It is important to know the name and the character of the woman who helps to make the home. "Her name was Elisabeth." A great many Elisabeths will study this lesson. It is pleasant even by a name to be reminded continually of some other one who has lived a noble and beautiful life in the past. No thoughtful Mary can be altogether forgetful of the Marys of the New Testament, especially the Mary who was the mother of our Lord, "blessed among women," and the other Mary whom Jesus loved so tenderly, who sat at His feet as a learner and then anointed His feet with her ointment. There is ever an aroma of sacredness about this name.

      Just so, the Elisabeths may catch an inspiration from the Elisabeth of this story. We are not told much about her. We know, however, that she was a godly woman, one who walked in God's commandments in times when such godliness was rare.

      In these days, we are hearing a great deal about 'the new woman'. Some people think that woman heretofore has been living in a kind of darkness, not making much of herself, not realizing the possibilities of her life and her position. She has not understood herself and her power--and has been content to stay in obscurity--when she might have stood forth in splendor. Now, however, she has come to a time when she may make more of her life in many ways.

      No doubt some phases of the thought of 'the new woman' are excellent. The last quarter century has been a wonderful era in woman's history. In all ways, women have moved forward with tremendous strides. Our colleges have given women opportunities for acquiring an education they could not get before. In church life and work, women have advanced to marvelous power and usefulness. In associated work in benevolence, women have shown great energy and wisdom. All this is very beautiful.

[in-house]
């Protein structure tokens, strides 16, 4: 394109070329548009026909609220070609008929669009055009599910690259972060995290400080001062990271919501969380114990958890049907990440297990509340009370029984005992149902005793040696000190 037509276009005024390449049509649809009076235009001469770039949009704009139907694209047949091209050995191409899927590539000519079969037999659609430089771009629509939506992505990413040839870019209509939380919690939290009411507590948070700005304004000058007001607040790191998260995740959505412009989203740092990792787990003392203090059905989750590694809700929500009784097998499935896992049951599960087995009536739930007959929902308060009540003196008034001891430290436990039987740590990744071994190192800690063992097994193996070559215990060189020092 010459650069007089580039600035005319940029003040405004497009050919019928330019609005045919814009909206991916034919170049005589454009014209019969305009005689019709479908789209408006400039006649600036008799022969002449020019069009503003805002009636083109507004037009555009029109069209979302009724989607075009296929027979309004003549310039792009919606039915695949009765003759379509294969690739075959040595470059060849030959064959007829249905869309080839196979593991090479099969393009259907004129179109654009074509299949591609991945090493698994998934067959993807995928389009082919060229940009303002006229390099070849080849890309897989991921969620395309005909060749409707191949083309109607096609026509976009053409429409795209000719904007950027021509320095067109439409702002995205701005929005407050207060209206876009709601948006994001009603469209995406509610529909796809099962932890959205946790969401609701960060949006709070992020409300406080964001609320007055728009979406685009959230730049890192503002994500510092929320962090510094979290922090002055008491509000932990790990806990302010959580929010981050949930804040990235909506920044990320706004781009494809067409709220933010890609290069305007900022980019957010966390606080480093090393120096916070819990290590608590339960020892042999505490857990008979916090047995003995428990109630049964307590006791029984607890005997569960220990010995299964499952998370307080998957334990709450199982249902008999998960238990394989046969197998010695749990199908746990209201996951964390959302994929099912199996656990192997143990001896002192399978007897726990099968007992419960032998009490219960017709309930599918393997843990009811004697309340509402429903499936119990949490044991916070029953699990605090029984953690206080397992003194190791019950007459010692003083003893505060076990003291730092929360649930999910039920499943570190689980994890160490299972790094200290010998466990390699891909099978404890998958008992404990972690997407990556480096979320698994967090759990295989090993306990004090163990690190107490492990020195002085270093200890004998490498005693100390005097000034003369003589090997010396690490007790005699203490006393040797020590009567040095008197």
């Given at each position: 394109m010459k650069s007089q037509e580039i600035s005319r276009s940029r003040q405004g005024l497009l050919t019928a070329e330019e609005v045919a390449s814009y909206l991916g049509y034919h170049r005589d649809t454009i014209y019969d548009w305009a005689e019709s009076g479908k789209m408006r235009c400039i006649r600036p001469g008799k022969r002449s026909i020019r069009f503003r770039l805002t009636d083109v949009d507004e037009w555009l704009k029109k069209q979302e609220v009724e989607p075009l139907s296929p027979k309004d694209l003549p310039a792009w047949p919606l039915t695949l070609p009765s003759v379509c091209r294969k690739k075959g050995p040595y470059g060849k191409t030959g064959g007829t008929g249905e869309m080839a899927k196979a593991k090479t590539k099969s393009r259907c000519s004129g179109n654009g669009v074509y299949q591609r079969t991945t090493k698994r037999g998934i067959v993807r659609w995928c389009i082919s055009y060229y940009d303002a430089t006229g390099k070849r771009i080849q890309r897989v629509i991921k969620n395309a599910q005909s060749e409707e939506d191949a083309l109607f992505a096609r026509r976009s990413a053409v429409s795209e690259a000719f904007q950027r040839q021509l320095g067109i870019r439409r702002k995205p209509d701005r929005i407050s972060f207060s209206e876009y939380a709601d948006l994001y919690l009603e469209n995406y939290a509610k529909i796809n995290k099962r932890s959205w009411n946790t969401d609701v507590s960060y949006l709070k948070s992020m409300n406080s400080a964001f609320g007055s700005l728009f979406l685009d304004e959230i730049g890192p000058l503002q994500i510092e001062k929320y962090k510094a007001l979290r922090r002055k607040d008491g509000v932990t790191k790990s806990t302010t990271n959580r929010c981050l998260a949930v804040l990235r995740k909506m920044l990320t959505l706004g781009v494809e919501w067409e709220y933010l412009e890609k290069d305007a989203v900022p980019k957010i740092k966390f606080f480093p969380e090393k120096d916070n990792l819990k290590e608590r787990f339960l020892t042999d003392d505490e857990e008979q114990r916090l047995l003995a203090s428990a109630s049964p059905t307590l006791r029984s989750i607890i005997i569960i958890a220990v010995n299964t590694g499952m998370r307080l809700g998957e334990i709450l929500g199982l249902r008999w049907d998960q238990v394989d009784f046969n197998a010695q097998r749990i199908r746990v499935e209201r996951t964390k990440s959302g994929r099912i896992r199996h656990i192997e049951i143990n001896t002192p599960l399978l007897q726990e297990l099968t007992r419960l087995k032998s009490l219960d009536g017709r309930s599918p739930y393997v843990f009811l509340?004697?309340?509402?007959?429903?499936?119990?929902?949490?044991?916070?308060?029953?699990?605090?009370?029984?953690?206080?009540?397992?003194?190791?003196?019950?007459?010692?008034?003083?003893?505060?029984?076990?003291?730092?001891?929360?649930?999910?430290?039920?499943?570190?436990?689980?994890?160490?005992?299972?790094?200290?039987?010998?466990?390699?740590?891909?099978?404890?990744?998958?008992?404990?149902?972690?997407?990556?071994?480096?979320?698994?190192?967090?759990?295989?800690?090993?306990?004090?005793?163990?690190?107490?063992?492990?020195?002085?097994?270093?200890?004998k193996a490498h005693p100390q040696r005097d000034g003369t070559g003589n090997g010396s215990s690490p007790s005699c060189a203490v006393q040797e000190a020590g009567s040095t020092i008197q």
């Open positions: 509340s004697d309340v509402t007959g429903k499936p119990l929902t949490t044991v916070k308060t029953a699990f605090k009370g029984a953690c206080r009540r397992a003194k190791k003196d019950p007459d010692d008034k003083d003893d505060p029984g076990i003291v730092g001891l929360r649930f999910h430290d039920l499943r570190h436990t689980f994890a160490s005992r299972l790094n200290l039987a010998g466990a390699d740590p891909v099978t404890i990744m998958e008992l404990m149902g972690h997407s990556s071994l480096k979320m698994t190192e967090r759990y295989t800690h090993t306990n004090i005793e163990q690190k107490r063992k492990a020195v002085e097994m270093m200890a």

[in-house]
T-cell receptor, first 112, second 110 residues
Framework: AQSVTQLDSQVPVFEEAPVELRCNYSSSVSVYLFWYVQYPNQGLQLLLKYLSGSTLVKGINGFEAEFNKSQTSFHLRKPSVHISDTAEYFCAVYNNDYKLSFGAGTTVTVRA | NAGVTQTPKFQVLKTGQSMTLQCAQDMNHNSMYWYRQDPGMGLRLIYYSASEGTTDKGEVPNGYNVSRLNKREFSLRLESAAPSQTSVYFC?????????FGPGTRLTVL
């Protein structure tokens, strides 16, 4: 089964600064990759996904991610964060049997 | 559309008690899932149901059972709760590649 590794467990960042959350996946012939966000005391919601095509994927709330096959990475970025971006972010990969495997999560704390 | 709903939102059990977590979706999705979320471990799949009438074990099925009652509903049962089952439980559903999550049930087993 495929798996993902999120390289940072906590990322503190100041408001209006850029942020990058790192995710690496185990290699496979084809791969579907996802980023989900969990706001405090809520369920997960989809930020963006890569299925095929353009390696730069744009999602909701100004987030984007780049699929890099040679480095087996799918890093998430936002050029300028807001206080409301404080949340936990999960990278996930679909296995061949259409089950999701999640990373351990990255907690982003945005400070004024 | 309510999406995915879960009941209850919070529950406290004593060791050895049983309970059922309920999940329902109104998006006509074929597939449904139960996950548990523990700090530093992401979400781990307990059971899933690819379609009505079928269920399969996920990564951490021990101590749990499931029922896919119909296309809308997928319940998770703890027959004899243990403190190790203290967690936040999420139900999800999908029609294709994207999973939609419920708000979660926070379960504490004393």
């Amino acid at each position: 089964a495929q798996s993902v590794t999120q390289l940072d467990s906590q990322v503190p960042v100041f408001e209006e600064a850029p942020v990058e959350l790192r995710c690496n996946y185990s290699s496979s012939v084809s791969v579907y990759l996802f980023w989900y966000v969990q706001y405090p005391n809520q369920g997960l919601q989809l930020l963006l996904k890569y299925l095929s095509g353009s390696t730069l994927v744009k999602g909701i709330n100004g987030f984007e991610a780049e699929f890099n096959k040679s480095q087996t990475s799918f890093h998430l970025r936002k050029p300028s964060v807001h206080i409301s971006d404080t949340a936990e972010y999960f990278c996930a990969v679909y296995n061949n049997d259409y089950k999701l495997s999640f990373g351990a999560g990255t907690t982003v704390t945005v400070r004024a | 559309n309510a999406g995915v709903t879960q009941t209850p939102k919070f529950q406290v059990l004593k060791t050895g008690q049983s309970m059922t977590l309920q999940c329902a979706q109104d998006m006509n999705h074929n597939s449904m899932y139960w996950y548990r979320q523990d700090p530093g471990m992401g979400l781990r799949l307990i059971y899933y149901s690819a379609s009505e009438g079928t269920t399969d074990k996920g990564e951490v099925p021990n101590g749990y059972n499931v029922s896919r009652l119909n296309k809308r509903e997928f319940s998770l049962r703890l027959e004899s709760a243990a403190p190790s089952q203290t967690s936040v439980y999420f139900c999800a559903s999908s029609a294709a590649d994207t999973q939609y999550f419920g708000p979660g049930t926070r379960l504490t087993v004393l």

But 'the new woman' is not in all things so lovely as this. There are some things in her--of which the better women do not approve. She discards some of the most gentle refinements of the truest type of womanhood. "She tramples on the traditions of the mother who kissed her in the cradle and made a woman of her," says Mrs. Booth. "Such a woman could never be Christlike, because she is not tender enough. Her will is too strong to bow down to God." Let the new woman be as beautiful as she can make herself with the help of Christ--but let her be always a woman. A woman needs God to make her life in the way it should be, to give her the beauty and the glory which is her true heritage. A woman owes everything to Christ, who has redeemed her--and she needs Christ as her Teacher, her Master, her Friend, that she may reach the only worthy possibilities of womanhood.